Home June 2012 At Your Service

At Your Service

Dear Center for Special Needs Coordinator,

My child’s report card just came in the mail, and it shows that my son “needs improvement” in most of the areas.  His teacher wrote that he is does not seem to be paying attention or listening to directions and says my son may have an auditory processing problem.  What should I do?

Maggie

Dear Maggie,

I understand how difficult it is to learn that your child is struggling in school and may have a problem that is impacting his ability to learn.  An auditory processing problem is one of several possibilities that may be impacting his functioning in the classroom.  First, let’s understand what an auditory processing problem means.

Auditory processing is the ability to understand spoken or auditory language in a meaningful way.  What does it look like?  If you have ever had a bad connection on the internet, then you understand how a child with auditory processing deficits appears in the classroom or at home.  It takes a long time for information to upload, or only a portion of the information uploads correctly.  Children with a difficulty in this area often have to be told several times what to do or how to do it in order for them to fully process all of the information they need.  Auditory processing problems often mimic attention deficit disorders, so children are frequently misdiagnosed.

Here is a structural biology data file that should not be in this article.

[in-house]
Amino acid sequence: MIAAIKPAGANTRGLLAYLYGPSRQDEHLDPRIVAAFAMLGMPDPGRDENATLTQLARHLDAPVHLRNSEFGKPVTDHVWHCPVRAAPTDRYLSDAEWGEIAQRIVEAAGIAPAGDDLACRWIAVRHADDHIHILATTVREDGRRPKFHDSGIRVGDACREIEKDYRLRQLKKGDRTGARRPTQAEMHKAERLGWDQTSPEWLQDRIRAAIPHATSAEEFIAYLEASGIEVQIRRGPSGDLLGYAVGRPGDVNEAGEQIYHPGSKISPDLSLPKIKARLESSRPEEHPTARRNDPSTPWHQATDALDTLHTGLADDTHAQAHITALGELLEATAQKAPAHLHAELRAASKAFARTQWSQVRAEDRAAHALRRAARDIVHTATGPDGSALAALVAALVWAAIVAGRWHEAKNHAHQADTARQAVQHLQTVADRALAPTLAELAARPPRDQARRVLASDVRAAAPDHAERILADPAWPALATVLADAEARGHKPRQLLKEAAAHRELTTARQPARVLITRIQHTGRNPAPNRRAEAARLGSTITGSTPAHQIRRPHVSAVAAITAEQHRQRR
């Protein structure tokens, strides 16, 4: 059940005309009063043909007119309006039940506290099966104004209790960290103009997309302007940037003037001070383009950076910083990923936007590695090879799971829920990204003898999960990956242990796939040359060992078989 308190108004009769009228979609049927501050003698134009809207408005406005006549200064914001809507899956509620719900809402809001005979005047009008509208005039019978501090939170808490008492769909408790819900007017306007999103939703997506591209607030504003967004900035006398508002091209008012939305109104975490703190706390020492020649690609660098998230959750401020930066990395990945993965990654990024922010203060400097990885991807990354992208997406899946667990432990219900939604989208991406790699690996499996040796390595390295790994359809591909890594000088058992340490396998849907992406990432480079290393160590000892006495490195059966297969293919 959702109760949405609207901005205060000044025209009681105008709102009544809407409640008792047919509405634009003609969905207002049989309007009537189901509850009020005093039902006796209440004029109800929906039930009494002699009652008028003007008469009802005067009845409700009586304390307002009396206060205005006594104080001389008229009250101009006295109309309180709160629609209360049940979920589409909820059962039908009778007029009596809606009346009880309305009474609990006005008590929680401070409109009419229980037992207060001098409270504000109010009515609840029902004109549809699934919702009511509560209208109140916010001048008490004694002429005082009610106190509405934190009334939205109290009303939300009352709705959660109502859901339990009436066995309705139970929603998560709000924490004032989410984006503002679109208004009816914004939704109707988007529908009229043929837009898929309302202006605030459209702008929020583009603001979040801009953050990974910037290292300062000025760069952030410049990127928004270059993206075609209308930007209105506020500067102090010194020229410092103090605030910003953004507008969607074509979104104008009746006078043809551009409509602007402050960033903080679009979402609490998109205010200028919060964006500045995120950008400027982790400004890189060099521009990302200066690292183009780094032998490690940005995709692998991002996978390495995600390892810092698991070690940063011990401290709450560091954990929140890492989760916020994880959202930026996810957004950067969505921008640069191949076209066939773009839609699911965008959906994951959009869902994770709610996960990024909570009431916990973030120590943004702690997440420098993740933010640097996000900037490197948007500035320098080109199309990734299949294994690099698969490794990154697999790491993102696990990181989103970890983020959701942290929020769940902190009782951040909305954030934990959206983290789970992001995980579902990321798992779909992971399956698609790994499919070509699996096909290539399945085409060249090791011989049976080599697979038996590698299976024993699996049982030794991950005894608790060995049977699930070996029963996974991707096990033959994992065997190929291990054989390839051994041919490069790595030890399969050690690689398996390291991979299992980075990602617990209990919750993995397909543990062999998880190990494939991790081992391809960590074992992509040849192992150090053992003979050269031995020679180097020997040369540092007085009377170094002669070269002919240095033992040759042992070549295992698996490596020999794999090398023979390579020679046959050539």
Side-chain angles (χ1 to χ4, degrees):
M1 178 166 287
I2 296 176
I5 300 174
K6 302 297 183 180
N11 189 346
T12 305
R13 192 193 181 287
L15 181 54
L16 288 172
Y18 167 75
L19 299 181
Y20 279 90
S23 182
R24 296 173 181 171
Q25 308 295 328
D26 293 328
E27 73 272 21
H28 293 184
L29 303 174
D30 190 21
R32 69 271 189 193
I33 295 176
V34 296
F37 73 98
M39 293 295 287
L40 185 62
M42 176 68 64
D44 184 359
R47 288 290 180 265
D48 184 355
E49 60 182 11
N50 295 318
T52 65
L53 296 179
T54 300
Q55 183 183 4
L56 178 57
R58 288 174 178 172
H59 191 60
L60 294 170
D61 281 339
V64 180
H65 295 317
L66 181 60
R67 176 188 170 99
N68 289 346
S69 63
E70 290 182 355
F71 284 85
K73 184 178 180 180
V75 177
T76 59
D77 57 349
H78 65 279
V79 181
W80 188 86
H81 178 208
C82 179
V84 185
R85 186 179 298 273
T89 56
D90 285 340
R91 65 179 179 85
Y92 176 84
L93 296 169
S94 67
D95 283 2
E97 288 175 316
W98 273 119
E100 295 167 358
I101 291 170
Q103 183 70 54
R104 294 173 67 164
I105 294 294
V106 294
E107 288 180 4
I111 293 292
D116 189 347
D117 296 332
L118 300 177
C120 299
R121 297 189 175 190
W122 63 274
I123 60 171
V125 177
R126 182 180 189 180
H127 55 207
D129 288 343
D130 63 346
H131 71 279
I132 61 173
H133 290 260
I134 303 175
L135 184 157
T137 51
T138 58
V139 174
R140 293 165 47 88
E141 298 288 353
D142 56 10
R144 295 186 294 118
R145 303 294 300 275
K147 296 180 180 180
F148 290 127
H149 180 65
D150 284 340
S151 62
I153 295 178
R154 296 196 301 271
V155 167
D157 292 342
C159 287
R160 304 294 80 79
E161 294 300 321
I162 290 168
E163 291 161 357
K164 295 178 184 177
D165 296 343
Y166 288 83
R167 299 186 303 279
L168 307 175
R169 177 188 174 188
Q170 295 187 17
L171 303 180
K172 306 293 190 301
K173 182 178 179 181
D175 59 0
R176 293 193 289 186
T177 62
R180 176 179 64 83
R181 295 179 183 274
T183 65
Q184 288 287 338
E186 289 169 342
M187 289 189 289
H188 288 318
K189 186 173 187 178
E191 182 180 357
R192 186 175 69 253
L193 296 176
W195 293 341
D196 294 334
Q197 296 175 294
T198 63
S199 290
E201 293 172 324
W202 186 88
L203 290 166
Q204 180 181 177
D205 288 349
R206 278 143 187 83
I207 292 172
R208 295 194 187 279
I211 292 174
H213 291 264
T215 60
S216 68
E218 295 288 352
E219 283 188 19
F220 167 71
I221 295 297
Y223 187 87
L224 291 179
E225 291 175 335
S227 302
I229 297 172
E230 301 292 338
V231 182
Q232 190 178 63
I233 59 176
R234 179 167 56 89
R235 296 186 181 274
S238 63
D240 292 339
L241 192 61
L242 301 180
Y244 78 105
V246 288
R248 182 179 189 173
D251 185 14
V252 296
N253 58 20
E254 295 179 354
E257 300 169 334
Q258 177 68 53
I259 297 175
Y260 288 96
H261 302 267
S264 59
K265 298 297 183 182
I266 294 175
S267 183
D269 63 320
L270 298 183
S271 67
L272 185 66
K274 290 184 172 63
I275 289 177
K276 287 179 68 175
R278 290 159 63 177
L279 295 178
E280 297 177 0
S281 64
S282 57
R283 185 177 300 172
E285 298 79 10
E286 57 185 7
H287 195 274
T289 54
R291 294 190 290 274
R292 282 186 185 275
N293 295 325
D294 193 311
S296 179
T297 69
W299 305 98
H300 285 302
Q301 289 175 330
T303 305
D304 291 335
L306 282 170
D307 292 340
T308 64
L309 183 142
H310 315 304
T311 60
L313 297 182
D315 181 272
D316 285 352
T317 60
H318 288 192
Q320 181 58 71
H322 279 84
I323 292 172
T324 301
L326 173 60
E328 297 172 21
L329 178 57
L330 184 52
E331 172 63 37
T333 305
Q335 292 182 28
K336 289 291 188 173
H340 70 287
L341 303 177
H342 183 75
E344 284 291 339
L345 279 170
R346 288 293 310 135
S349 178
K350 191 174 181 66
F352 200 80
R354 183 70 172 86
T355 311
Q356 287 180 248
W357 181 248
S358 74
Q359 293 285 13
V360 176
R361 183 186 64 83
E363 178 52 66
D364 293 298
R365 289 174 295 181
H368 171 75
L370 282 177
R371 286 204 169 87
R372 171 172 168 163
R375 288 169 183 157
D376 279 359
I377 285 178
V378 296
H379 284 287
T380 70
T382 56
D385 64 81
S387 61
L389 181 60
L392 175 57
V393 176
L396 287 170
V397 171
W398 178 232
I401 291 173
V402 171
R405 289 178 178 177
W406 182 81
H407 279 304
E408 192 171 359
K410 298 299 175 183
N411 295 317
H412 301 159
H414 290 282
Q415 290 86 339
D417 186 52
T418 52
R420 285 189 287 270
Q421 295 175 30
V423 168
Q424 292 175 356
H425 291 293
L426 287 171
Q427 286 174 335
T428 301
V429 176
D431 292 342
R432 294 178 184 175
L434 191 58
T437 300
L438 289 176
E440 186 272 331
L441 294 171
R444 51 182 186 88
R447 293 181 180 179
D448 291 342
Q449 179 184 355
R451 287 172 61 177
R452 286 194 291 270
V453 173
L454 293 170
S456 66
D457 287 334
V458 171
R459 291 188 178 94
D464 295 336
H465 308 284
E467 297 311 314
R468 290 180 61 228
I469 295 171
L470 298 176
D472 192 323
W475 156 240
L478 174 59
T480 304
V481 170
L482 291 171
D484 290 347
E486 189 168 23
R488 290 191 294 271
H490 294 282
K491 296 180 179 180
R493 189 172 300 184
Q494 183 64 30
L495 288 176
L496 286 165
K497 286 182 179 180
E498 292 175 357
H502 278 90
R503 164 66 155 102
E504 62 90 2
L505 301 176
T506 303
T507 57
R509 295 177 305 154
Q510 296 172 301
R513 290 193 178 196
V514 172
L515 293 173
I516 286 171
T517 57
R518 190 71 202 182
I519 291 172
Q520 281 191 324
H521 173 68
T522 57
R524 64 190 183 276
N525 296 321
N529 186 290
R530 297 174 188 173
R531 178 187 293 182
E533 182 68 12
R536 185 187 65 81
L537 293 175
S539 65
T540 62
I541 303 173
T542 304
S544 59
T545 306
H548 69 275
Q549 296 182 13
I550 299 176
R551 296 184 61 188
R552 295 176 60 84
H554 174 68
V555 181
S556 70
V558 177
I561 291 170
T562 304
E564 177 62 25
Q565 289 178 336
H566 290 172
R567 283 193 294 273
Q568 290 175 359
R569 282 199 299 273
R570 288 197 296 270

Before you jump in to full testing with an educational diagnostic therapist, have your child’s hearing tested.  Hearing is highly important for the development of a child’s speech and language development.  If hearing is intact, poor listening skills may be a result of poor auditory processing or cognitive delays (learning disabilities).

An audiologist can perform tests that evaluate if your child has an auditory processing deficit and suggest supports that can be done at home and at school.  If the audiologist feels that his hearing is normal, then a psycho-educational diagnostic therapist can provide a full battery of testing that evaluates how your son learns and if he has a learning disability.

The first step is to have a discussion with your son’s teacher.  If the teacher feels that your child is struggling to complete school work, there are many summer programs designed to stimulate his mind and get your child’s learning skills of memory, processing speed, reasoning and  comprehension working for him rather than against him.

For more information about auditory processing, visit The American Speech Language-Hearing Association www.asha.org

If you have further questions, feel free to contact me.

Danielle Wiltchik, M.S. Sp.Ed.
Jewish Federation & Family Services
Center for Special Needs, Coordinator
Danielle@JFFS.org
(949) 435-3460

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